Earlier today I gently poked fun at Matthew Vadum for saying we should be scared of Hugo Chavez's secret espionage squads despite acknowledging that he has "no proof" that they exist. In doing so, I called him a "clown," which might not have been the most politic thing to do, but I thought the circumstances merited it.
Vadum has since taken to Twitter to demonstrate that he is not, in fact, a "clown," but rather a very serious person whose views and opinions should be taken very seriously.
He has failed.
Ah, yes. The Manchurian President. Surely no one can doubt Vadum's scholarly acumen now that he's proudly flaunted his inclusion in a book that champions Birtherism and suggests that Bill Ayers ghostwrote Obama's memoir. Only a political mind of the highest caliber would be worthy of citation in such an intellectually rigorous tome.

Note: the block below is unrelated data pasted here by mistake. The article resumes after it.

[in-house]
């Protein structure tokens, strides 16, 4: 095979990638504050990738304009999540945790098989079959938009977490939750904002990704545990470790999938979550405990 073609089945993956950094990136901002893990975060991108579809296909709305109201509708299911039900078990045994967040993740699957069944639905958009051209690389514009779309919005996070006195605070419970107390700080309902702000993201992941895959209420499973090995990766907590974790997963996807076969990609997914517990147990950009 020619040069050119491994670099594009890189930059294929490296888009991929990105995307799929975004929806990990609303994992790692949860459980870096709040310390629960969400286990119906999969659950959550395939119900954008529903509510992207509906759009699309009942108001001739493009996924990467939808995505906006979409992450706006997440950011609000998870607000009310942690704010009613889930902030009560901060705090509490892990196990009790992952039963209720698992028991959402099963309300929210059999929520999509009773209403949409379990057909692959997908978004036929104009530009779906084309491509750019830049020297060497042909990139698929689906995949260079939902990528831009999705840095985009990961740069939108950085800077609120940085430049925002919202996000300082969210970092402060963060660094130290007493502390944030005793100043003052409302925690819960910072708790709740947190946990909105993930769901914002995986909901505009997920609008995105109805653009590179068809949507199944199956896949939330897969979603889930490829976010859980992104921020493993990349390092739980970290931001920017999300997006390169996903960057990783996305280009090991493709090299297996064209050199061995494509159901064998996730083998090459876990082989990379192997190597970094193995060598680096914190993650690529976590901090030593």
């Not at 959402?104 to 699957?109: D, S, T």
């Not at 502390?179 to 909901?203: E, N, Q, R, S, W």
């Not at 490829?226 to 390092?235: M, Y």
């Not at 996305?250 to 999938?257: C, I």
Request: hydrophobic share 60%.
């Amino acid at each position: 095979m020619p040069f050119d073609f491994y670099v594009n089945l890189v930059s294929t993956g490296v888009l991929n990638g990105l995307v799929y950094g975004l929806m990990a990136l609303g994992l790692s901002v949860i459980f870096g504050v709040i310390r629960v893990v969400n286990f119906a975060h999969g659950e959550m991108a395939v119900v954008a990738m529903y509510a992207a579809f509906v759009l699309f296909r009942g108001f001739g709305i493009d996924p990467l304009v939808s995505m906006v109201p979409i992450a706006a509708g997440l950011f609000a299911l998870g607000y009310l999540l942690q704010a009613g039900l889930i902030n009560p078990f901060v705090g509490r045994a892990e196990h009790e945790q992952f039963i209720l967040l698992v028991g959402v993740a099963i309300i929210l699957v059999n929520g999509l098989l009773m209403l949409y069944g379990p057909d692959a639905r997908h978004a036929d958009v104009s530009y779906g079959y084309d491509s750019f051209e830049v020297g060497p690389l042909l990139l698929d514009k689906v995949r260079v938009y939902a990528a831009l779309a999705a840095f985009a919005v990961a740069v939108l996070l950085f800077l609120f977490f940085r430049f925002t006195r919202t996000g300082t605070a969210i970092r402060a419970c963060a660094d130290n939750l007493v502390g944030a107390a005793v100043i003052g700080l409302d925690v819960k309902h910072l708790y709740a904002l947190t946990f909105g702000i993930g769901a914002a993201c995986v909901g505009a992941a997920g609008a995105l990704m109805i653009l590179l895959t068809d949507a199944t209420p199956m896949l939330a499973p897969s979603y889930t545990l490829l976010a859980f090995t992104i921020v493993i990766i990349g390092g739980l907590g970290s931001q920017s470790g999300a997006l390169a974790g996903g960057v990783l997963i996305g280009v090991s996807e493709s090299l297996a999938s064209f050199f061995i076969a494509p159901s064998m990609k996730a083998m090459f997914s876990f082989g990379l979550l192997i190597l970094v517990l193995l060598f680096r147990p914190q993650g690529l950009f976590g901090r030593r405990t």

Of course I jest. The Manchurian President is a sloppy, guilt-by-association smear job that features some of the worst, most dishonest "journalism" the right has to offer. In that way, Vadum's inclusion is entirely appropriate.
But I will thank Vadum for enabling me to expand my list of reasons why that book is "ridiculous crap" -- it repeatedly cites a clown like him.